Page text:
My main research interests concern the sociolinguistic study of multilingualism. I'm interested in investigating people's linguistic practices, as well as their attitudes and ideologies towards multilingualism. I take a spatial focus in my research, which means investigating the relationships that people construct between language and space.
I use linguistic ethnographic methods and qualitative methodologies and have a particular interest in collaborative sociolinguistics, which focuses on encouraging people to be involved in all stages of researching, and critically thinking about, their own language use.
I am further interested in heritage language maintenance and shift, language planning and policy, and linguistic landscapes.
- Language, Person, Society. Leeds Trinity University (Spring 2019)
- Research Methods in Linguistics. Leeds Trinity University (Spring 2019)
- ELAN, transcription tool workshop. University of Leeds (March 2018)
- Introduction to Grammatical Structure. SOAS, University of London (Autumn 2016)
- Language Landscape. Bow School, London. (Spring 2013)
- Pidgins and Creoles. Reach Cambridge. (March 2013)
- Linguistic Landscapes, Research Methods and Ethics. Urban Transcripts, London. (December 2012)
Open access teaching materials on multilingualism. The lessons are aimed at undergraduate and/or masters level and are based around Kanraxël, an ‘ethnofiction’ documentary about multilingualism in a village in the Casamance, Senegal. For more information, and to access the materials, please visit the Kanraxël website.
The materials were created jointly with Dr Miriam Weidl.
2019. PhD in Linguistics. SOAS, University of London. Thesis title: Sociolinguistic spaces and multilingualism: practices and perceptions in Essyl, Senegal.
2012. MA in Language Documentation and Description. SOAS, University of London. Dissertation title: Being Mauritian: a sociolinguistic case study on the transmission and use of Mauritian Creole in the UK.
2007. BA (Hons) in Modern Language Studies. The University of Nottingham.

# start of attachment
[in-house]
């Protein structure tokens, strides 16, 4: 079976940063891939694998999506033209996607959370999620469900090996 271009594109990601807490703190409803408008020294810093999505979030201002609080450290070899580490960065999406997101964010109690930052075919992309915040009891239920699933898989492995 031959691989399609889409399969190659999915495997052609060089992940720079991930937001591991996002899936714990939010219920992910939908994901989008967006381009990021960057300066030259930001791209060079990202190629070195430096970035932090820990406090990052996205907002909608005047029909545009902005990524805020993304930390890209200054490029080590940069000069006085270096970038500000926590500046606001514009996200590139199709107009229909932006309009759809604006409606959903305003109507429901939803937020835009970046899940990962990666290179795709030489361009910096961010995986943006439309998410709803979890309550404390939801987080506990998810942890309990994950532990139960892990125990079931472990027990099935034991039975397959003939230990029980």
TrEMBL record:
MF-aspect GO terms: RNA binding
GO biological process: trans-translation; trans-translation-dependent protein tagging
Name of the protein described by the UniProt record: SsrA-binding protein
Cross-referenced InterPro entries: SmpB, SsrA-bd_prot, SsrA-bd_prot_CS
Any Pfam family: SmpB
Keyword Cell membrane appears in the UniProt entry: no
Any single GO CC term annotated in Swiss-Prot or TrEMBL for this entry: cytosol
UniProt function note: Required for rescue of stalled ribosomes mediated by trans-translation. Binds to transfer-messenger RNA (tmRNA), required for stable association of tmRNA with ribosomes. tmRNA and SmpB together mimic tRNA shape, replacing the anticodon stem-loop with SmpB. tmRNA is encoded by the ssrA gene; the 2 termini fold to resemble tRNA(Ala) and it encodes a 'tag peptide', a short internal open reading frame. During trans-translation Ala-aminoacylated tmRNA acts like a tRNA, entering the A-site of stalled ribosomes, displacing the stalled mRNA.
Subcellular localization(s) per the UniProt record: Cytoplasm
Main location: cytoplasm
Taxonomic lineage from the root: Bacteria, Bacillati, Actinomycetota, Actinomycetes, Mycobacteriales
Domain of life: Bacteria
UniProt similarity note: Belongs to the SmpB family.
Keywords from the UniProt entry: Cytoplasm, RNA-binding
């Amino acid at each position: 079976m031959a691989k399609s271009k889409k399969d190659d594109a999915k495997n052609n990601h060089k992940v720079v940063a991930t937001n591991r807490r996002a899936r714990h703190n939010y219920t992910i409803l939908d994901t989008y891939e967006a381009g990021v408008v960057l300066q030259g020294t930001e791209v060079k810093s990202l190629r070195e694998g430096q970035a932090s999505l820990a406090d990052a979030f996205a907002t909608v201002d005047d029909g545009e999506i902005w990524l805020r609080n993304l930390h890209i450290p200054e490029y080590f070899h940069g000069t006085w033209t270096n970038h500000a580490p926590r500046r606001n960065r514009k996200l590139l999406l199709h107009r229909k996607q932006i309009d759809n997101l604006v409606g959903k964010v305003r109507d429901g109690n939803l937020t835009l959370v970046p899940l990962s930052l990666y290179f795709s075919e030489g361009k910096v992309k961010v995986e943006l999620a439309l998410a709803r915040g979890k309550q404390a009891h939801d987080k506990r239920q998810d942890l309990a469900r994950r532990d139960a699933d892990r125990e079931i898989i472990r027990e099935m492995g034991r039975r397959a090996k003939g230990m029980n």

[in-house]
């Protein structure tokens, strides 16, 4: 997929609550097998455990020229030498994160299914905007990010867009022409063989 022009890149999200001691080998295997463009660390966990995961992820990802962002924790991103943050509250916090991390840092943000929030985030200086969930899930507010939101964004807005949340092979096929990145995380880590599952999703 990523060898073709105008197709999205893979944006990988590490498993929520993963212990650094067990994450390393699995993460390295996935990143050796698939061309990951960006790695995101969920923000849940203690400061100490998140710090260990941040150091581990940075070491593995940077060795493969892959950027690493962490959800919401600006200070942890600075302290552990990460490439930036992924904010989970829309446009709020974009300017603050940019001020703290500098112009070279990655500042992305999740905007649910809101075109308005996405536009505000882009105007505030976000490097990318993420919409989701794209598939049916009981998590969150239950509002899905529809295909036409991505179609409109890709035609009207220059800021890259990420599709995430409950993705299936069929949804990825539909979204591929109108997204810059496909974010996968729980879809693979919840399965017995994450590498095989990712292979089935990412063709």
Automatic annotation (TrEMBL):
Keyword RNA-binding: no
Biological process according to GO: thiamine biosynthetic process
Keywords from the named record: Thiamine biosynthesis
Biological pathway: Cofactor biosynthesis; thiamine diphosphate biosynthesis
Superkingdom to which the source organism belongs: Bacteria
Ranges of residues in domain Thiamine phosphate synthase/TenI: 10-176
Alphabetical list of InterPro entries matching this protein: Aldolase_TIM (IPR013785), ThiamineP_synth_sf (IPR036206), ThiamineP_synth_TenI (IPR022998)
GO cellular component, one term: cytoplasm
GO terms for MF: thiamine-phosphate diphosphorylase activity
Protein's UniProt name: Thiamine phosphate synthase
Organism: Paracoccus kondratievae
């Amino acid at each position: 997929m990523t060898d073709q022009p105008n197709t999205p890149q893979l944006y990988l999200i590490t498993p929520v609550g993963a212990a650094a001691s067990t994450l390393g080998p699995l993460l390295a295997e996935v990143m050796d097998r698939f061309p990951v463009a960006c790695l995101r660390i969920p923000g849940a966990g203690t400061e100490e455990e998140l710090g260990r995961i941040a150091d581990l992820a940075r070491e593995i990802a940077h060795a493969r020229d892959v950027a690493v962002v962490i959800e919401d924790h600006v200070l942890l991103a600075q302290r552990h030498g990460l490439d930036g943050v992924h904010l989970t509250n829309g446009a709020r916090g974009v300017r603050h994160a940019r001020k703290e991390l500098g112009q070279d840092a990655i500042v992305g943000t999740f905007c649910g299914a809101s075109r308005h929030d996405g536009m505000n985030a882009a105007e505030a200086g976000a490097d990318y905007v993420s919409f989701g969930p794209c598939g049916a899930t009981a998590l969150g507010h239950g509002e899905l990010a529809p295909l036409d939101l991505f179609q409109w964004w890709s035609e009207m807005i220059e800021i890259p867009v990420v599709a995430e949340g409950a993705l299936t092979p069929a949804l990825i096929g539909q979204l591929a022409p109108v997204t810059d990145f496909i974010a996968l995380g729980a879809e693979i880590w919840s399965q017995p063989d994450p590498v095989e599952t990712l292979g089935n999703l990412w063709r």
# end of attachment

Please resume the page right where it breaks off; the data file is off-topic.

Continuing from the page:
- 2014-2017. Leverhulme Trust, PhD scholarship. Part of the Crossroads project
- 2017. EU Horizon 2020, Engaged Humanities Field School in Tlaxcala, Mexico.
- 2013. AHRC, Multilingual Skills Development Scheme. Senegal Placement.
- 2012. Google Earth Developer Grant. Awarded to Language Landscape.
Previous academic positions
- 2019. Visiting Lecturer. Leeds Trinity University
- 2018-2019. Research Assistant. University of Leeds
- 2016-2017. Graduate Teaching Assistant. SOAS, University of London
Goodchild, Samantha & Miriam Weidl. 2019. Translanguaging practices in the Casamance, Senegal: Similar but different: two case studies. In Ari Sherris & Elisabetta Adami (eds.) Making signs, translanguaging ethnographies: Exploring urban, rural and educational spaces, 131-151. Bristol: Multilingual Matters.
Goodchild, Samantha. 2016. "Which language(s) are you for?" "I am for all the languages." Reflections on breaking through the ancestral code: trials of sociolinguistic documentation. In Lu Lu & Sandy Ritchie (eds.) SOAS Working Papers in Linguistics. 18: 75-91.
Goodchild, Samantha. 2013. Being Mauritian: A sociolinguistic case study on the transmission and use of Mauritian Creole in the UK. Newcastle University Working Papers in Linguistics. 19.1. (Selected papers from Sociolinguistics Summer School 4). 109-127.
Ritchie, Sandy, Samantha Goodchild & Ebany Dohle. 2016. Language Landscape: Supporting community-led language documentation. In Vera Ferreira & Peter Bouda (eds.) Language Documentation and Conservation in Europe. 121-132. Honolulu: University of Hawai'i Press.
Weidl, Miriam & Samantha Goodchild (eds.) 2018 online. SOAS Working Papers in Linguistics. 19.